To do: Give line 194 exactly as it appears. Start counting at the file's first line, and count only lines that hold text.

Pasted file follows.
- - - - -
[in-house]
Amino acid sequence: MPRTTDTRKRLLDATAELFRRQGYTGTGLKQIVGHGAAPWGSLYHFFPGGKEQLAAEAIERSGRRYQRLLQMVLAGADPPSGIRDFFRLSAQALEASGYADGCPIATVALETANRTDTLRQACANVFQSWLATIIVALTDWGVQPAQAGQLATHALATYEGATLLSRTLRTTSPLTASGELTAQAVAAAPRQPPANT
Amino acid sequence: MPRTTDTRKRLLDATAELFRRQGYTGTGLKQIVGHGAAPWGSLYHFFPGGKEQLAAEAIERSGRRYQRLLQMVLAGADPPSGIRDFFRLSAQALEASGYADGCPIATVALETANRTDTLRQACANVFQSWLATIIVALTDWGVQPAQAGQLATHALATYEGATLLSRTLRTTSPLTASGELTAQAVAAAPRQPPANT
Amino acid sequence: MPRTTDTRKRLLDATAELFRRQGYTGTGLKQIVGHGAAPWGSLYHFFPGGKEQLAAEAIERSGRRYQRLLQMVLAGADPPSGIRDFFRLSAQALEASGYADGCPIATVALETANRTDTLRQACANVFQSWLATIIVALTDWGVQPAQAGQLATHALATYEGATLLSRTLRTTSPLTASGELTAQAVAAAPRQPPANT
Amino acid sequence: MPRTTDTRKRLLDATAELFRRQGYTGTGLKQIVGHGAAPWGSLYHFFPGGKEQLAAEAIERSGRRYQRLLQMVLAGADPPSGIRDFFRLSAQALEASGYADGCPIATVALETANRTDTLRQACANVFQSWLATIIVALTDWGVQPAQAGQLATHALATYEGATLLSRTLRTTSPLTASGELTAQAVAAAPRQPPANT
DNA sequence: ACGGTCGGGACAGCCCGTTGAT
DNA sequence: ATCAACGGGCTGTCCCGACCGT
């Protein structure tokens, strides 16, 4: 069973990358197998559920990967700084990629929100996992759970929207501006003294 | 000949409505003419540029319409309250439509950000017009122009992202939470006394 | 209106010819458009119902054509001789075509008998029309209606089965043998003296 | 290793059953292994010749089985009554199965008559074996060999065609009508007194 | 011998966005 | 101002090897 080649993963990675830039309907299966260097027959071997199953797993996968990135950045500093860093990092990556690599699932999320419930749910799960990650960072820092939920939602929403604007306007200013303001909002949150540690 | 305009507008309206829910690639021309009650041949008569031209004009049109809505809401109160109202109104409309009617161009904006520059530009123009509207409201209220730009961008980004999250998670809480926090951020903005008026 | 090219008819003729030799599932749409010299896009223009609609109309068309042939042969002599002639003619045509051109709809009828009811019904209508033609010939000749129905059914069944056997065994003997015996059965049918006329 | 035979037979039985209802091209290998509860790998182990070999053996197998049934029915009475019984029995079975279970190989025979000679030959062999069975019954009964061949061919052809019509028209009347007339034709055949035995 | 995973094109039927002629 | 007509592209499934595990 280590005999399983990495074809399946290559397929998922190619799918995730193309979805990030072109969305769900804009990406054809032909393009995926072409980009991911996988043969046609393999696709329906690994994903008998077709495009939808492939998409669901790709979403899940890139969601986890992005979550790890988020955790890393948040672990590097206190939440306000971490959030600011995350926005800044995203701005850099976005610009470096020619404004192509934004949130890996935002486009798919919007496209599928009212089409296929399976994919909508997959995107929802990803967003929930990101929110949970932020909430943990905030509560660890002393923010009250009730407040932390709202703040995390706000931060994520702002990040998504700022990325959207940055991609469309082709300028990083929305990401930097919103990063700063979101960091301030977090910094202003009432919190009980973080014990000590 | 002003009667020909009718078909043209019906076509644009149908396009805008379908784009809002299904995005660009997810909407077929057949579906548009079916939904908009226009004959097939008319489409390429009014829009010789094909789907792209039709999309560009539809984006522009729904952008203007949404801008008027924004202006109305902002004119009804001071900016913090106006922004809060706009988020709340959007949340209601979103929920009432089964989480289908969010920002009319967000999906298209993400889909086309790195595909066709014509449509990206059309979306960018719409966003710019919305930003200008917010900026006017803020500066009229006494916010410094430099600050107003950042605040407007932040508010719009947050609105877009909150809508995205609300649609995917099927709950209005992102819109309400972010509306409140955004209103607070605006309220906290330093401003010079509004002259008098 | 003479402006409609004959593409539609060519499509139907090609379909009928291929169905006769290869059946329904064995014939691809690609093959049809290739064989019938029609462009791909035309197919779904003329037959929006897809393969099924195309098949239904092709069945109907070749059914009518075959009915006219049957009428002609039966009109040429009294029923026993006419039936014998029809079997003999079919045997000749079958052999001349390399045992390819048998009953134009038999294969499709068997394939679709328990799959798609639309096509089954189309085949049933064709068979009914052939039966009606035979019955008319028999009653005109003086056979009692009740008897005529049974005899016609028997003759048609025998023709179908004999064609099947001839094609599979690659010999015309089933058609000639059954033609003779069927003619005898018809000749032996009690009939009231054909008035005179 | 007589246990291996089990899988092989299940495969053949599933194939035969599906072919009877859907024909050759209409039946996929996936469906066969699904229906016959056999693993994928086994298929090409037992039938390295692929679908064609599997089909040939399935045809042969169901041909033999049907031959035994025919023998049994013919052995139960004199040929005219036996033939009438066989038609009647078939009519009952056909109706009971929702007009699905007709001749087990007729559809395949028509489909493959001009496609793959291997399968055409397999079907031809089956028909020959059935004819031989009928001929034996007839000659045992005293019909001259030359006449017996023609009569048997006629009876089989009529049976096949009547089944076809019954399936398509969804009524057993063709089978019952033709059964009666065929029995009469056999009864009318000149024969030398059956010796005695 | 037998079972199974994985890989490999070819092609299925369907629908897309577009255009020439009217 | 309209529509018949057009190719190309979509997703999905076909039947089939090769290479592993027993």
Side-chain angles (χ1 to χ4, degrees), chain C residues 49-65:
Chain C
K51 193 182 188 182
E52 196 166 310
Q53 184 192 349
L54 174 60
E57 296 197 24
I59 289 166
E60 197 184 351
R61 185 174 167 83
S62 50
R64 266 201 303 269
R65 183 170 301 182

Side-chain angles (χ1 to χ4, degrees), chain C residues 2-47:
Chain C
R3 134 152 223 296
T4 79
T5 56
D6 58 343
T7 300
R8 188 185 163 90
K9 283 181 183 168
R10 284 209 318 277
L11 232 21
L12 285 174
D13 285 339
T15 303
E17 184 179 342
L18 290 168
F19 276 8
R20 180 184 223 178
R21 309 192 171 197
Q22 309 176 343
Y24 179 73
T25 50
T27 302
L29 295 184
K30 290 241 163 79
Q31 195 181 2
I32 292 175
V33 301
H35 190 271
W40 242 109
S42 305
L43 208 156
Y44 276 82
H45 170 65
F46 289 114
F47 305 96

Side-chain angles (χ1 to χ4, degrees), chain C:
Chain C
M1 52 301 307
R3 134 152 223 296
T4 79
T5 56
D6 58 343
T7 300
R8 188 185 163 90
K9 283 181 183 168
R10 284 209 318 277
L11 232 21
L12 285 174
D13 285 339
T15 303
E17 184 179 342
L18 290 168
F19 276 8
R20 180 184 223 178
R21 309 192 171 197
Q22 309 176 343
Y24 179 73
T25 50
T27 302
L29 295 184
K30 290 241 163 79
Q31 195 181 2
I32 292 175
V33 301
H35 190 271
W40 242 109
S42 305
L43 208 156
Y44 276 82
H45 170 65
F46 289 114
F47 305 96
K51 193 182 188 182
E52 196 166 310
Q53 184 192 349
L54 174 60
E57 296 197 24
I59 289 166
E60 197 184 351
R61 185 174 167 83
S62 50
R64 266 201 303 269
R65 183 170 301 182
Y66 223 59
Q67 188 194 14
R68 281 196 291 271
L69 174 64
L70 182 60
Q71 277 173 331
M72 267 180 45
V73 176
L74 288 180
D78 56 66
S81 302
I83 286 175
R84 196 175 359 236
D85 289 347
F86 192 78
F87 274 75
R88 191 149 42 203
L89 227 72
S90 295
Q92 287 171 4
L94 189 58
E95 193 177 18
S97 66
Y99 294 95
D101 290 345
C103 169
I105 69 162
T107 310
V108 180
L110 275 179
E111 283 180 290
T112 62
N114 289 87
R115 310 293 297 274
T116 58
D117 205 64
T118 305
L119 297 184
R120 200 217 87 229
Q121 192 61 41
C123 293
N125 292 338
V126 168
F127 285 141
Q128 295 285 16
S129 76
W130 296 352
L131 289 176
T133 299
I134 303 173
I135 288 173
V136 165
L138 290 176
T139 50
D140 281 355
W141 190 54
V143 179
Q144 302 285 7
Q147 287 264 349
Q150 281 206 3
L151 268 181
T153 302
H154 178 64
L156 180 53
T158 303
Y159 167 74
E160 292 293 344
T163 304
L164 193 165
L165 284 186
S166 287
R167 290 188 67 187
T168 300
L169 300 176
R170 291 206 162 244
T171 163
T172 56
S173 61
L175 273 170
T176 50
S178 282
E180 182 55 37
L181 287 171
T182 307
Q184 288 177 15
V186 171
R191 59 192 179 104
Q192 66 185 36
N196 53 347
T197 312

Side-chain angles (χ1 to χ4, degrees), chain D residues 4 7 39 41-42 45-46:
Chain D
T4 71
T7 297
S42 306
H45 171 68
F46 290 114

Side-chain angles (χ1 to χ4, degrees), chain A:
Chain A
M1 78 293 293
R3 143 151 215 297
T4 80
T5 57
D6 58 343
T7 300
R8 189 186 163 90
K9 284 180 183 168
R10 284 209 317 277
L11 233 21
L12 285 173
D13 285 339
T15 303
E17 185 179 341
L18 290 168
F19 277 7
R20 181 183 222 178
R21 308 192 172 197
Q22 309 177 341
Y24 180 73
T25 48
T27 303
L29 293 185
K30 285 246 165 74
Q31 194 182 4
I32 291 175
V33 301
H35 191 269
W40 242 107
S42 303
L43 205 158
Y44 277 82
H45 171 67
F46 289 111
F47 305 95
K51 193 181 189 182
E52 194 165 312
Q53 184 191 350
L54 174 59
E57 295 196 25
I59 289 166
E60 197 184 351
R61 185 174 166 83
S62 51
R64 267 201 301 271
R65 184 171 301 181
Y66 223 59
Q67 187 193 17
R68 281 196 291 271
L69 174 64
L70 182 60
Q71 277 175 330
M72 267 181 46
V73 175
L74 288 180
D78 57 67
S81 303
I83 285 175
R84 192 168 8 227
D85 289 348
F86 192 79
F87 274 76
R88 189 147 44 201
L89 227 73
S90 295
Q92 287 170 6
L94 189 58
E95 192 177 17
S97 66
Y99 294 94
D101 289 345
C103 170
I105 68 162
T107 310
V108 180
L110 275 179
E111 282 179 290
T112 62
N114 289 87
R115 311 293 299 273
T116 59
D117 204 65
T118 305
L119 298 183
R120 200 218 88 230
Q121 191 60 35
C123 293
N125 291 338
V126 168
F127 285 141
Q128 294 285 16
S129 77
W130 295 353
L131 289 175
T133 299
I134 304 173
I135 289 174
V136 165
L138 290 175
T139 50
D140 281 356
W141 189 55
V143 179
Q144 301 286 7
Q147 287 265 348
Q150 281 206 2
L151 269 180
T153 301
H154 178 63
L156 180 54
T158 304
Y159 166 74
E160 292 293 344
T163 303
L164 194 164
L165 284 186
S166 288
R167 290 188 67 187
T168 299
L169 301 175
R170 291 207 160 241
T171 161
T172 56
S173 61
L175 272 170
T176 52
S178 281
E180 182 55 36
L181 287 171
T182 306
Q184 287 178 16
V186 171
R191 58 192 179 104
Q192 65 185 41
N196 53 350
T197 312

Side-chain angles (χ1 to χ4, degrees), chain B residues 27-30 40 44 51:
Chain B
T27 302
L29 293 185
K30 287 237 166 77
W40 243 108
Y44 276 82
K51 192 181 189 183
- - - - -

N196 53 347